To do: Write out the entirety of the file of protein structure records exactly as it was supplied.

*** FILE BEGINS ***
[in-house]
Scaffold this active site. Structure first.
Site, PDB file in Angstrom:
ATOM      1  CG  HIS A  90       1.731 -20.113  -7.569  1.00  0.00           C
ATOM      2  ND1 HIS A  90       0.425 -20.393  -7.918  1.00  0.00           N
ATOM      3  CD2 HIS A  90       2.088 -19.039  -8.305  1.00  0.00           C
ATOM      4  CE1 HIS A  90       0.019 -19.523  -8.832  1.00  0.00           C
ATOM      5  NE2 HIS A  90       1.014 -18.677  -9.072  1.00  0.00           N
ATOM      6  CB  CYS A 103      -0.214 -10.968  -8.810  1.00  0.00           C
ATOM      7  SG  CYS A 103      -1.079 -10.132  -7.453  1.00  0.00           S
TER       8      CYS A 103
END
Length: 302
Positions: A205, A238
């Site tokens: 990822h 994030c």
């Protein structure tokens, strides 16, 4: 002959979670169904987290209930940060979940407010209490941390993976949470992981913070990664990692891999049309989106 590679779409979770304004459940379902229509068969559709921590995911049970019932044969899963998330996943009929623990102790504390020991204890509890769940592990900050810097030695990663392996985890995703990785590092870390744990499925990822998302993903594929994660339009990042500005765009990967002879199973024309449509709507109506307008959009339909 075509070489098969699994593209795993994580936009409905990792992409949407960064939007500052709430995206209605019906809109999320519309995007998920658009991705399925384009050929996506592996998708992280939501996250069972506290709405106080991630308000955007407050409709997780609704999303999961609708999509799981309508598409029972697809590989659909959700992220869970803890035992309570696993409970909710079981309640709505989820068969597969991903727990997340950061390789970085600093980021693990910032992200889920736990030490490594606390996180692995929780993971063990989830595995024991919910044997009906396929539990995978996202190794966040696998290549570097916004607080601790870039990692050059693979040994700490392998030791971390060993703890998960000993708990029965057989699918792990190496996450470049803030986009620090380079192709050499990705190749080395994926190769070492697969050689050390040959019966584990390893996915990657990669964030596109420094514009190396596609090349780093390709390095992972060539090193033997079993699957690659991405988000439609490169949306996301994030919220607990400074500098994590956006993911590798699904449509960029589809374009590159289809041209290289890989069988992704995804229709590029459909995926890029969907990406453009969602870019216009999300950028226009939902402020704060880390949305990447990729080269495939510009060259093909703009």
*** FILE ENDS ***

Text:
[in-house]
Scaffold this active site. Structure first.
Site, PDB file in Angstrom:
ATOM      1  CG  HIS A  90       1.731 -20.113  -7.569  1.00  0.00           C
ATOM      2  ND1 HIS A  90       0.425 -20.393  -7.918  1.00  0.00           N
ATOM      3  CD2 HIS A  90       2.088 -19.039  -8.305  1.00  0.00           C
ATOM      4  CE1 HIS A  90       0.019 -19.523  -8.832  1.00  0.00           C
ATOM      5  NE2 HIS A  90       1.014 -18.677  -9.072  1.00  0.00           N
ATOM      6  CB  CYS A 103      -0.214 -10.968  -8.810  1.00  0.00           C
ATOM      7  SG  CYS A 103      -1.079 -10.132  -7.453  1.00  0.00           S
TER       8      CYS A 103
END
Length: 302
Positions: A205, A238
């Site tokens: 990822h 994030c």
């Protein structure tokens, strides 16, 4: 002959979670169904987290209930940060979940407010209490941390993976949470992981913070990664990692891999049309989106 590679779409979770304004459940379902229509068969559709921590995911049970019932044969899963998330996943009929623990102790504390020991204890509890769940592990900050810097030695990663392996985890995703990785590092870390744990499925990822998302993903594929994660339009990042500005765009990967002879199973024309449509709507109506307008959009339909 075509070489098969699994593209795993994580936009409905990792992409949407960064939007500052709430995206209605019906809109999320519309995007998920658009991705399925384009050929996506592996998708992280939501996250069972506290709405106080991630308000955007407050409709997780609704999303999961609708999509799981309508598409029972697809590989659909959700992220869970803890035992309570696993409970909710079981309640709505989820068969597969991903727990997340950061390789970085600093980021693990910032992200889920736990030490490594606390996180692995929780993971063990989830595995024991919910044997009906396929539990995978996202190794966040696998290549570097916004607080601790870039990692050059693979040994700490392998030791971390060993703890998960000993708990029965057989699918792990190496996450470049803030986009620090380079192709050499990705190749080395994926190769070492697969050689050390040959019966584990390893996915990657990669964030596109420094514009190396596609090349780093390709390095992972060539090193033997079993699957690659991405988000439609490169949306996301994030919220607990400074500098994590956006993911590798699904449509960029589809374009590159289809041209290289890989069988992704995804229709590029459909995926890029969907990406453009969602870019216009999300950028226009939902402020704060880390949305990447990729080269495939510009060259093909703009």